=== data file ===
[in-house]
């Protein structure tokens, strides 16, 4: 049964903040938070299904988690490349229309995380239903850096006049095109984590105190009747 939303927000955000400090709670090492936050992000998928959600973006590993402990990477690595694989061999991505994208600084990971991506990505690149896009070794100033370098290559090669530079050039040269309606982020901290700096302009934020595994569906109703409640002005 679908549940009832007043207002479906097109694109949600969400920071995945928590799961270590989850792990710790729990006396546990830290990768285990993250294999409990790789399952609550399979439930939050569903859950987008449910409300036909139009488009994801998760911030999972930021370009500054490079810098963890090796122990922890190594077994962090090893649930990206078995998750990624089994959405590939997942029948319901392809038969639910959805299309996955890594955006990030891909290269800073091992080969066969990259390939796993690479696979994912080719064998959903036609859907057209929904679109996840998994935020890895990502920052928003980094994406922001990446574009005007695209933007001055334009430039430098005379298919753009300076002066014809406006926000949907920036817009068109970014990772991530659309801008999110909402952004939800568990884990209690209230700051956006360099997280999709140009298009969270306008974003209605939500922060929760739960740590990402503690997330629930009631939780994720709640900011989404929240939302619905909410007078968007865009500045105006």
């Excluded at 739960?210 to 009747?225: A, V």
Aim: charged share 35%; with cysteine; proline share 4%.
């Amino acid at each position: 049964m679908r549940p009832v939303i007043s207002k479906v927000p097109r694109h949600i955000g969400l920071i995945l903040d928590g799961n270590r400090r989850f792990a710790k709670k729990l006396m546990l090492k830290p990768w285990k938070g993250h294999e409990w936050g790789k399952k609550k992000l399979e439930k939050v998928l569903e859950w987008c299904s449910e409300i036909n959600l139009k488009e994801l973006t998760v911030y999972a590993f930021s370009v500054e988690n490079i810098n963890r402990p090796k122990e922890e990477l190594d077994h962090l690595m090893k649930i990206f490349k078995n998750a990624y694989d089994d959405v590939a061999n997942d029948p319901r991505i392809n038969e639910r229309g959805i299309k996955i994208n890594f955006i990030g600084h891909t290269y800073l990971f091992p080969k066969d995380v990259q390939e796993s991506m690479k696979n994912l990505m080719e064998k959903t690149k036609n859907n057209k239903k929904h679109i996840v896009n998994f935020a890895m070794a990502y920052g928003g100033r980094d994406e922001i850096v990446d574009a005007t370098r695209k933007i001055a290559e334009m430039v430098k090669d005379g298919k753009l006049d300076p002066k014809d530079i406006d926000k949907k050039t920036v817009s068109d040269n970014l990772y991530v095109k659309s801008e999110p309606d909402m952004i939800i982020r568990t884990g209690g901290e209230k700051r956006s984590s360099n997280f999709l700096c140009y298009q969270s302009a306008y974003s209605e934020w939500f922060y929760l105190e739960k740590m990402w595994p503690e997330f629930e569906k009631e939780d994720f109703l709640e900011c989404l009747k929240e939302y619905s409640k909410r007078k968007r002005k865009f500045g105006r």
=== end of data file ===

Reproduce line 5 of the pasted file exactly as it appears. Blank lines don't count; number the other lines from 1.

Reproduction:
């Amino acid at each position: 049964m679908r549940p009832v939303i007043s207002k479906v927000p097109r694109h949600i955000g969400l920071i995945l903040d928590g799961n270590r400090r989850f792990a710790k709670k729990l006396m546990l090492k830290p990768w285990k938070g993250h294999e409990w936050g790789k399952k609550k992000l399979e439930k939050v998928l569903e859950w987008c299904s449910e409300i036909n959600l139009k488009e994801l973006t998760v911030y999972a590993f930021s370009v500054e988690n490079i810098n963890r402990p090796k122990e922890e990477l190594d077994h962090l690595m090893k649930i990206f490349k078995n998750a990624y694989d089994d959405v590939a061999n997942d029948p319901r991505i392809n038969e639910r229309g959805i299309k996955i994208n890594f955006i990030g600084h891909t290269y800073l990971f091992p080969k066969d995380v990259q390939e796993s991506m690479k696979n994912l990505m080719e064998k959903t690149k036609n859907n057209k239903k929904h679109i996840v896009n998994f935020a890895m070794a990502y920052g928003g100033r980094d994406e922001i850096v990446d574009a005007t370098r695209k933007i001055a290559e334009m430039v430098k090669d005379g298919k753009l006049d300076p002066k014809d530079i406006d926000k949907k050039t920036v817009s068109d040269n970014l990772y991530v095109k659309s801008e999110p309606d909402m952004i939800i982020r568990t884990g209690g901290e209230k700051r956006s984590s360099n997280f999709l700096c140009y298009q969270s302009a306008y974003s209605e934020w939500f922060y929760l105190e739960k740590m990402w595994p503690e997330f629930e569906k009631e939780d994720f109703l709640e900011c989404l009747k929240e939302y619905s409640k909410r007078k968007r002005k865009f500045g105006r």